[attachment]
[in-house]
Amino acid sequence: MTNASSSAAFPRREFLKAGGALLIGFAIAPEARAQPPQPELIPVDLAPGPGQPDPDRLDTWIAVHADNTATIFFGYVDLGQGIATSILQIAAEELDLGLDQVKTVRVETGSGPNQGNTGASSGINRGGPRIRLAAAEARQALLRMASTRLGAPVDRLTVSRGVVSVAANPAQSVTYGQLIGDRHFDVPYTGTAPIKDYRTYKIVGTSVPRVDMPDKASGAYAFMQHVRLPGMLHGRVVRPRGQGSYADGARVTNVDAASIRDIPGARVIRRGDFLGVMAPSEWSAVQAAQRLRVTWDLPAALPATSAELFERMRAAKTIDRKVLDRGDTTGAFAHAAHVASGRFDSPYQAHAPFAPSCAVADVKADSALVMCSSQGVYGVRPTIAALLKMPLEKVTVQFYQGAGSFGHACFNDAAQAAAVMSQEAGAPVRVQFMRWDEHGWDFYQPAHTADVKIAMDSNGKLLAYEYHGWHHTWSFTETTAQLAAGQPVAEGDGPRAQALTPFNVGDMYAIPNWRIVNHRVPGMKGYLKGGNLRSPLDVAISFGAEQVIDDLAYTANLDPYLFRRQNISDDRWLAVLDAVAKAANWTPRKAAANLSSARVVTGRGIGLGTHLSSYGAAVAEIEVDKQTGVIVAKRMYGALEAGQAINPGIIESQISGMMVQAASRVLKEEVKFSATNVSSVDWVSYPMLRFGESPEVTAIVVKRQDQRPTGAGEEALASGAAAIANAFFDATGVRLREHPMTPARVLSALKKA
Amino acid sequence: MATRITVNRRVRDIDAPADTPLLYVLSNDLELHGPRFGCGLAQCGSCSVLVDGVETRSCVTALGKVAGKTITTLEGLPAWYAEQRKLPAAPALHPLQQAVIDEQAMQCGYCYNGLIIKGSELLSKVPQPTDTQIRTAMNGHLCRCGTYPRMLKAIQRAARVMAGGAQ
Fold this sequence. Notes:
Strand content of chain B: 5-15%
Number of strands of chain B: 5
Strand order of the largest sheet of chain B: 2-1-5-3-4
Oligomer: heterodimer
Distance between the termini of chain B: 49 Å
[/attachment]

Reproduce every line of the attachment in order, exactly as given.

[in-house]
Amino acid sequence: MTNASSSAAFPRREFLKAGGALLIGFAIAPEARAQPPQPELIPVDLAPGPGQPDPDRLDTWIAVHADNTATIFFGYVDLGQGIATSILQIAAEELDLGLDQVKTVRVETGSGPNQGNTGASSGINRGGPRIRLAAAEARQALLRMASTRLGAPVDRLTVSRGVVSVAANPAQSVTYGQLIGDRHFDVPYTGTAPIKDYRTYKIVGTSVPRVDMPDKASGAYAFMQHVRLPGMLHGRVVRPRGQGSYADGARVTNVDAASIRDIPGARVIRRGDFLGVMAPSEWSAVQAAQRLRVTWDLPAALPATSAELFERMRAAKTIDRKVLDRGDTTGAFAHAAHVASGRFDSPYQAHAPFAPSCAVADVKADSALVMCSSQGVYGVRPTIAALLKMPLEKVTVQFYQGAGSFGHACFNDAAQAAAVMSQEAGAPVRVQFMRWDEHGWDFYQPAHTADVKIAMDSNGKLLAYEYHGWHHTWSFTETTAQLAAGQPVAEGDGPRAQALTPFNVGDMYAIPNWRIVNHRVPGMKGYLKGGNLRSPLDVAISFGAEQVIDDLAYTANLDPYLFRRQNISDDRWLAVLDAVAKAANWTPRKAAANLSSARVVTGRGIGLGTHLSSYGAAVAEIEVDKQTGVIVAKRMYGALEAGQAINPGIIESQISGMMVQAASRVLKEEVKFSATNVSSVDWVSYPMLRFGESPEVTAIVVKRQDQRPTGAGEEALASGAAAIANAFFDATGVRLREHPMTPARVLSALKKA
Amino acid sequence: MATRITVNRRVRDIDAPADTPLLYVLSNDLELHGPRFGCGLAQCGSCSVLVDGVETRSCVTALGKVAGKTITTLEGLPAWYAEQRKLPAAPALHPLQQAVIDEQAMQCGYCYNGLIIKGSELLSKVPQPTDTQIRTAMNGHLCRCGTYPRMLKAIQRAARVMAGGAQ
Fold this sequence. Notes:
Strand content of chain B: 5-15%
Number of strands of chain B: 5
Strand order of the largest sheet of chain B: 2-1-5-3-4
Oligomer: heterodimer
Distance between the termini of chain B: 49 Å